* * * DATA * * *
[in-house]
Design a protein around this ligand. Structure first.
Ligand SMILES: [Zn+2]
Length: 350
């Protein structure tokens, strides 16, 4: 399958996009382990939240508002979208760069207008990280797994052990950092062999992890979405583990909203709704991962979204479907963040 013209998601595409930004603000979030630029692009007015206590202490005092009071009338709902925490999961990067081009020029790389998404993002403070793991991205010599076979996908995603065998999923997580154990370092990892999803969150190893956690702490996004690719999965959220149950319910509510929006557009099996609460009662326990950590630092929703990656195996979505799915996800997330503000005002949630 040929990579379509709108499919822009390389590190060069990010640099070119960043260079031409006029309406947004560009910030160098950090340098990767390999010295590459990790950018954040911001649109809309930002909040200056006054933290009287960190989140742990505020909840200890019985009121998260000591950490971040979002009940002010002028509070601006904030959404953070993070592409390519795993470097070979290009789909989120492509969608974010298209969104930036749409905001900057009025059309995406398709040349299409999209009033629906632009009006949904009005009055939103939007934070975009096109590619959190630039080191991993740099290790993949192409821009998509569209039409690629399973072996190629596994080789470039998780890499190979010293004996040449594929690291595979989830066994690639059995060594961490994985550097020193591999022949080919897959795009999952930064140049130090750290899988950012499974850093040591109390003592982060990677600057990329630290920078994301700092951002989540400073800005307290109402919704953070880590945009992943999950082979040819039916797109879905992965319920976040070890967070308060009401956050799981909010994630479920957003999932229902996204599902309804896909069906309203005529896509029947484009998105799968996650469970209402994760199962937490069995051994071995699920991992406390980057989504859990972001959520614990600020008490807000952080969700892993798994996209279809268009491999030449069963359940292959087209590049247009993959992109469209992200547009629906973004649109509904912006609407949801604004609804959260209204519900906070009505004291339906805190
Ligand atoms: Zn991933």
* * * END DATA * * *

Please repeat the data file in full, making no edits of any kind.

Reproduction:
[in-house]
Design a protein around this ligand. Structure first.
Ligand SMILES: [Zn+2]
Length: 350
């Protein structure tokens, strides 16, 4: 399958996009382990939240508002979208760069207008990280797994052990950092062999992890979405583990909203709704991962979204479907963040 013209998601595409930004603000979030630029692009007015206590202490005092009071009338709902925490999961990067081009020029790389998404993002403070793991991205010599076979996908995603065998999923997580154990370092990892999803969150190893956690702490996004690719999965959220149950319910509510929006557009099996609460009662326990950590630092929703990656195996979505799915996800997330503000005002949630 040929990579379509709108499919822009390389590190060069990010640099070119960043260079031409006029309406947004560009910030160098950090340098990767390999010295590459990790950018954040911001649109809309930002909040200056006054933290009287960190989140742990505020909840200890019985009121998260000591950490971040979002009940002010002028509070601006904030959404953070993070592409390519795993470097070979290009789909989120492509969608974010298209969104930036749409905001900057009025059309995406398709040349299409999209009033629906632009009006949904009005009055939103939007934070975009096109590619959190630039080191991993740099290790993949192409821009998509569209039409690629399973072996190629596994080789470039998780890499190979010293004996040449594929690291595979989830066994690639059995060594961490994985550097020193591999022949080919897959795009999952930064140049130090750290899988950012499974850093040591109390003592982060990677600057990329630290920078994301700092951002989540400073800005307290109402919704953070880590945009992943999950082979040819039916797109879905992965319920976040070890967070308060009401956050799981909010994630479920957003999932229902996204599902309804896909069906309203005529896509029947484009998105799968996650469970209402994760199962937490069995051994071995699920991992406390980057989504859990972001959520614990600020008490807000952080969700892993798994996209279809268009491999030449069963359940292959087209590049247009993959992109469209992200547009629906973004649109509904912006609407949801604004609804959260209204519900906070009505004291339906805190
Ligand atoms: Zn991933």